The Civil Rights Act of 1963 and the Equal Pay Act prohibit employers in Alaska against discriminating on the basis of gender. In accordance, employers may not take gender into account when making decisions regarding wages, hiring, or promotions. They also must ensure that working environments are not hostile or biased towards a certain gender, and that it is not of an overtly sexual atmosphere.
What Must be Proven in a Discrimination Claim?
Under the Equal Pay act, discrimination can be proven if men and women both work in the same place, do the same job, but are nevertheless paid differently. Discrimination claims in Kodiak can be shown where the employer only hires one gender, promotes employees on the basis of gender, or acts in retaliation against a worker who has complained of employer misconduct.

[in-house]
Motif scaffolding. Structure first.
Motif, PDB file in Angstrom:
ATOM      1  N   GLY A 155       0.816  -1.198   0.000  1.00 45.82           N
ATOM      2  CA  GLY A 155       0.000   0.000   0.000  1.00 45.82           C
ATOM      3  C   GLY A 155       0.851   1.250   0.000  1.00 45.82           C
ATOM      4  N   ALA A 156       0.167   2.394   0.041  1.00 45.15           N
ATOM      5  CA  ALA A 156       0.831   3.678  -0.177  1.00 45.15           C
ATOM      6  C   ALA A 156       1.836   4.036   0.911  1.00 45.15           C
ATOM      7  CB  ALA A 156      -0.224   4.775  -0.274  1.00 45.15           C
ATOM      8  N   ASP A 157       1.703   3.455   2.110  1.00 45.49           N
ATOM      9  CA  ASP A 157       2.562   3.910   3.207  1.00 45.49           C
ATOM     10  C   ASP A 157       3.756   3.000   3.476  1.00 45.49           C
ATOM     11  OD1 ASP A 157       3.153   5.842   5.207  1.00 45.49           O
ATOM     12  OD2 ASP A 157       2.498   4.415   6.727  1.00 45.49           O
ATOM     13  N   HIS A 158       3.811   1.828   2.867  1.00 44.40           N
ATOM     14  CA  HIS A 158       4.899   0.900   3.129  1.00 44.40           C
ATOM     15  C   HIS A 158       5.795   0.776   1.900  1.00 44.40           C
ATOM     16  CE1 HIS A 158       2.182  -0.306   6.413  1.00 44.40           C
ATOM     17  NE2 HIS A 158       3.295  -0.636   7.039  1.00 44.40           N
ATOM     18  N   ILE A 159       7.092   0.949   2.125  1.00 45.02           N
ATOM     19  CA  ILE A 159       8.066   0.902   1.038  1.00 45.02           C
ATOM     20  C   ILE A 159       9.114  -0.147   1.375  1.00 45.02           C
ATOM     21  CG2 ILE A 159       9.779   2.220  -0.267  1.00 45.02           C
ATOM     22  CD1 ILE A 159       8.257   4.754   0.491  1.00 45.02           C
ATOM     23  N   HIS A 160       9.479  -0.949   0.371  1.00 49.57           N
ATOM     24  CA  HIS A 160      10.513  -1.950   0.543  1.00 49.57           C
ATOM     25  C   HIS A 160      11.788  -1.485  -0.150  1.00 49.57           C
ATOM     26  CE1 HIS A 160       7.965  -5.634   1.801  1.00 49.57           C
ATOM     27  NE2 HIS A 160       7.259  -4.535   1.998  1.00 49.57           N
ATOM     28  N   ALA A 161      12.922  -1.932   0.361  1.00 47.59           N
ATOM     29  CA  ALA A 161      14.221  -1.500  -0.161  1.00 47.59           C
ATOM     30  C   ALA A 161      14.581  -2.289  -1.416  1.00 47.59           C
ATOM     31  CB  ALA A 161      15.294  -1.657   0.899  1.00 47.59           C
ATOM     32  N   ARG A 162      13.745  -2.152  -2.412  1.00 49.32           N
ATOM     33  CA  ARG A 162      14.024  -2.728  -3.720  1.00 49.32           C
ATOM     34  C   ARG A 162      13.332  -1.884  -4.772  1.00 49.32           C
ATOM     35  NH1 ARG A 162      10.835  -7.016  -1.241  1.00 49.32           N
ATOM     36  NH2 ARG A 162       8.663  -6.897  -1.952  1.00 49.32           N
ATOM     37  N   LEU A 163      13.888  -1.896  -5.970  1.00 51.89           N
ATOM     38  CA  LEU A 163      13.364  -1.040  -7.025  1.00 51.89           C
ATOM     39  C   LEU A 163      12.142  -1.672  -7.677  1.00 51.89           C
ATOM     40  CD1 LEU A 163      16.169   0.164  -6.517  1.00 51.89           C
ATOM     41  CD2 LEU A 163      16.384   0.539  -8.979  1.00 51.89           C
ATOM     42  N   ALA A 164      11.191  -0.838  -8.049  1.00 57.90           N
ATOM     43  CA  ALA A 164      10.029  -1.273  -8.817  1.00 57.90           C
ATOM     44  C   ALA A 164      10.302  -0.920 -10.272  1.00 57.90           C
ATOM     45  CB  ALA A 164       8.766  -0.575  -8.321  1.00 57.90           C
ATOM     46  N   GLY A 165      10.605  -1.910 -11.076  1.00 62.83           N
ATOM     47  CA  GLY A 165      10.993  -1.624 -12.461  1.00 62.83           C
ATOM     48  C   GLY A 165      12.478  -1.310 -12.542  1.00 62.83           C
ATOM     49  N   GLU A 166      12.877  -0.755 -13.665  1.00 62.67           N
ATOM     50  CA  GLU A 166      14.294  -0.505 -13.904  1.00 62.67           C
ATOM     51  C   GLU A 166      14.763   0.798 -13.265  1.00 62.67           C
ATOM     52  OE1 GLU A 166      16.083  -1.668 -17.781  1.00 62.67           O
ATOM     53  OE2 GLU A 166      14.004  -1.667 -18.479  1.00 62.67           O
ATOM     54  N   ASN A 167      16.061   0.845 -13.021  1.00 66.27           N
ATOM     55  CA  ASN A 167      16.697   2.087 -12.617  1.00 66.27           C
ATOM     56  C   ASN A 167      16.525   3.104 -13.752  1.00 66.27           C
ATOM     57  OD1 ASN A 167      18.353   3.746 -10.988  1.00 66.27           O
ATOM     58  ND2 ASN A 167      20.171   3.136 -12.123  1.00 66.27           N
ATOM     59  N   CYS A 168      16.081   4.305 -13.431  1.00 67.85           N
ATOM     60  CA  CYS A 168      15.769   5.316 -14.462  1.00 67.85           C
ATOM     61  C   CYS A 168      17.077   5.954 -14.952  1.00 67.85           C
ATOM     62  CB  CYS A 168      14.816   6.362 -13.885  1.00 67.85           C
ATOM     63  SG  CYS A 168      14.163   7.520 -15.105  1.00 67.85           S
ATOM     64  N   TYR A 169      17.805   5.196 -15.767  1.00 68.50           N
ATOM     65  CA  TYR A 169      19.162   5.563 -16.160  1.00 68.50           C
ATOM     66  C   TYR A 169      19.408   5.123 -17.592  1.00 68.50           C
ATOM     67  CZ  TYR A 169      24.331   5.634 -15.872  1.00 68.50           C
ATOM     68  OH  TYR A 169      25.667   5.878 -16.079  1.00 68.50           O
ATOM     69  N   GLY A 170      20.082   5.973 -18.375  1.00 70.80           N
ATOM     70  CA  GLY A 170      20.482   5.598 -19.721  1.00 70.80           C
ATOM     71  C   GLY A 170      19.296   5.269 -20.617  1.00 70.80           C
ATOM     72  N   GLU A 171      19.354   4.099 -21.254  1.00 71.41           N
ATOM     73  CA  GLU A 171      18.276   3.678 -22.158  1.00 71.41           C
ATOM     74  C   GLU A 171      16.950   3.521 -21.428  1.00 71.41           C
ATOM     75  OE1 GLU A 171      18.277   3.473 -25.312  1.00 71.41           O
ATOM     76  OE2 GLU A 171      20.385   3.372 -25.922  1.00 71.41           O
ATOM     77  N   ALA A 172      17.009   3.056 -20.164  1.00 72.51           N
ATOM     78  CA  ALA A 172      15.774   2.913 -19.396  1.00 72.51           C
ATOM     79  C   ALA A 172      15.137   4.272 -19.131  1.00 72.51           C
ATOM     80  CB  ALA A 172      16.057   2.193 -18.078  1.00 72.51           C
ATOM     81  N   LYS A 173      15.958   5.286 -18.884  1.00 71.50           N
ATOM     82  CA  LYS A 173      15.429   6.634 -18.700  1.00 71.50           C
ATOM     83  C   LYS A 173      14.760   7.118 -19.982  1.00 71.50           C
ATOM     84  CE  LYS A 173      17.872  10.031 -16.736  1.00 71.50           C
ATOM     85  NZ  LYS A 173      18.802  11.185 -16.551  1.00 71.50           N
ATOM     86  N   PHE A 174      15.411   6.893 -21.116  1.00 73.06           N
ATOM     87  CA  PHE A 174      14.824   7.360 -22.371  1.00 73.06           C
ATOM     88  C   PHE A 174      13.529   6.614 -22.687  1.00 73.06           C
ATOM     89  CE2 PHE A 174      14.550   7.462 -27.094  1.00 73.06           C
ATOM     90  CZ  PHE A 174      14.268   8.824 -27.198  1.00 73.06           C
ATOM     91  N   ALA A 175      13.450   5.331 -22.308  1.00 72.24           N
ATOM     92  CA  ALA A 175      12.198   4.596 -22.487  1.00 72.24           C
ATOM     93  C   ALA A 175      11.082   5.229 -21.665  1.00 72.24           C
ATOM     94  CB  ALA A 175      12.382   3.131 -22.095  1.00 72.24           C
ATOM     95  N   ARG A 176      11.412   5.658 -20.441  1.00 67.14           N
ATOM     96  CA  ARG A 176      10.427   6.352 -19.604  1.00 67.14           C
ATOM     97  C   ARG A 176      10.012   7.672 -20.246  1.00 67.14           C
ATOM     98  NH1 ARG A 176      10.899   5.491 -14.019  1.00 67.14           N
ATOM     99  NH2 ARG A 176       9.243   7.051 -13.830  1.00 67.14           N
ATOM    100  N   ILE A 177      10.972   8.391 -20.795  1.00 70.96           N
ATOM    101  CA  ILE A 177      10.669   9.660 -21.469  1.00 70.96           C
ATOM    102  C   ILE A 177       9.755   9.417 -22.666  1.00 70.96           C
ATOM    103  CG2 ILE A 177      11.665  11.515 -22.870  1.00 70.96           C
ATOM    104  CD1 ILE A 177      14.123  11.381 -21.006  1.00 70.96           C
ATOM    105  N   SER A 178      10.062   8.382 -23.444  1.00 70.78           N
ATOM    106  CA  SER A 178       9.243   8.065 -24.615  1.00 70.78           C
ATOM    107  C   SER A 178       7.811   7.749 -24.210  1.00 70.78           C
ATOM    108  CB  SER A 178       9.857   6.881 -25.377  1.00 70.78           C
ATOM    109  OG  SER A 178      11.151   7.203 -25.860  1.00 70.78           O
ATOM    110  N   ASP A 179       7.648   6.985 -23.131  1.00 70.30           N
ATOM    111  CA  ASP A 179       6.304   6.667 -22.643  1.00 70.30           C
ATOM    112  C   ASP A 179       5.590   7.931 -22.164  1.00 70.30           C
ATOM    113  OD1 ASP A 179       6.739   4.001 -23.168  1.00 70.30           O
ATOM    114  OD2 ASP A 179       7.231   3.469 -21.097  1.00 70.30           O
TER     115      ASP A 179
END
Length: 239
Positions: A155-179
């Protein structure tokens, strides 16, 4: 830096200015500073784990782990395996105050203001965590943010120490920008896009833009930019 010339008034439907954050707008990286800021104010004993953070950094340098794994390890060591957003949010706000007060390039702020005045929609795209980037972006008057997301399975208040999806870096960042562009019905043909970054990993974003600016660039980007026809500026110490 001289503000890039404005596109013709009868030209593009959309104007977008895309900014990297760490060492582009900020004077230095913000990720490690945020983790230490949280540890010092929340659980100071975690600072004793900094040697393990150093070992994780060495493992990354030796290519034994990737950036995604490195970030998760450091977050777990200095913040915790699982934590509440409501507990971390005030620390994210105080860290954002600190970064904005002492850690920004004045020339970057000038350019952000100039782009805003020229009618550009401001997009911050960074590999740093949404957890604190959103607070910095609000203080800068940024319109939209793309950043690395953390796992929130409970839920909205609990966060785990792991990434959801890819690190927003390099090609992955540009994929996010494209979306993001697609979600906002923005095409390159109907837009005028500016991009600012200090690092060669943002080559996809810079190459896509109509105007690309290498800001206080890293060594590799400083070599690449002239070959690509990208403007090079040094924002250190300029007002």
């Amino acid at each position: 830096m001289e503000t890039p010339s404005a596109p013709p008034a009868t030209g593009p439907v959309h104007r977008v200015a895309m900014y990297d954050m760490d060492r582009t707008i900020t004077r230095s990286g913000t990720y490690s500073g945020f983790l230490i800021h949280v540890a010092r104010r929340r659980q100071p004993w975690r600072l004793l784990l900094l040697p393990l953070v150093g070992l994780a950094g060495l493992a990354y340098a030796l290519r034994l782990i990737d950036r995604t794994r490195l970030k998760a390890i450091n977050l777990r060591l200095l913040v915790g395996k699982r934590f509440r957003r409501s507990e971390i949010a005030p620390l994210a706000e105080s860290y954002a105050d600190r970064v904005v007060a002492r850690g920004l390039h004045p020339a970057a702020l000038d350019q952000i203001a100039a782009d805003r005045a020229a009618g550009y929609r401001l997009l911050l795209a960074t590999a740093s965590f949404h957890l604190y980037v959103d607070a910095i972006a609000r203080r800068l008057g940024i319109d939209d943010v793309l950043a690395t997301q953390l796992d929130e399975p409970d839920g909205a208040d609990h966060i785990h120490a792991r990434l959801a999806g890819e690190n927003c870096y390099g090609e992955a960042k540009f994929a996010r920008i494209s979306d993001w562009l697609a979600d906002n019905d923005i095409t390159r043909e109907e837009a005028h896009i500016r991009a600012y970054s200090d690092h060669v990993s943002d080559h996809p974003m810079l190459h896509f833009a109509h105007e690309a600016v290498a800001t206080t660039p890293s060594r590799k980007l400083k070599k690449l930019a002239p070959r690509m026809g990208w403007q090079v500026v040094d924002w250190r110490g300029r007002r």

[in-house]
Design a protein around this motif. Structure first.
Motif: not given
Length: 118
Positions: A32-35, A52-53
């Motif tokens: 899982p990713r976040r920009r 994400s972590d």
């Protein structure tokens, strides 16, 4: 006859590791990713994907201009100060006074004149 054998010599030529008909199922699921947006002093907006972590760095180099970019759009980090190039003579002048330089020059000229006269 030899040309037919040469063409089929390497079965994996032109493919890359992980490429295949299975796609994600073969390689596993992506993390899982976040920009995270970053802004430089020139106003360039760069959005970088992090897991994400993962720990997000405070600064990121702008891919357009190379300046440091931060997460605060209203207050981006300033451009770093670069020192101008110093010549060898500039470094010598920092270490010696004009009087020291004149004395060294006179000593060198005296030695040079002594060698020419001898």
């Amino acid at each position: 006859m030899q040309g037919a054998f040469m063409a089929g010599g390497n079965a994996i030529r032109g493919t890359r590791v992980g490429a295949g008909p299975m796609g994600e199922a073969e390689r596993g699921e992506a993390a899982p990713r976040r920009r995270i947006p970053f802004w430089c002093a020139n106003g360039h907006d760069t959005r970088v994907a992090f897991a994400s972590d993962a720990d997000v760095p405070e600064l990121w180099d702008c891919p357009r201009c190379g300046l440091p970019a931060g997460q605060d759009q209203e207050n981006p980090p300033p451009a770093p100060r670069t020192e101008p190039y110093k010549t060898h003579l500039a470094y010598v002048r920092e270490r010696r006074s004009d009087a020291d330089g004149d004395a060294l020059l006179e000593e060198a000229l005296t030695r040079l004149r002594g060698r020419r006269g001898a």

When is Sexual Harassment Prohibited?
Sexual harassment includes all unwelcome or unwanted conduct of a sexual nature that is directed at the victim, whether it is physical or verbal. A Kodiak employer can be held liable for the unwelcome conduct, even if it was an employee's co-worker who engaged in the sexual harassment.
Alaska employers might also be liable for permitting conduct to lead to a work environment that is overly sexual. It is usually somewhat difficult to prove gender discrimination if you don't have an attorney, because certain aspects such as proving intent can be complex. Pursuing a claim also involves following procedures, many of which can be detailed.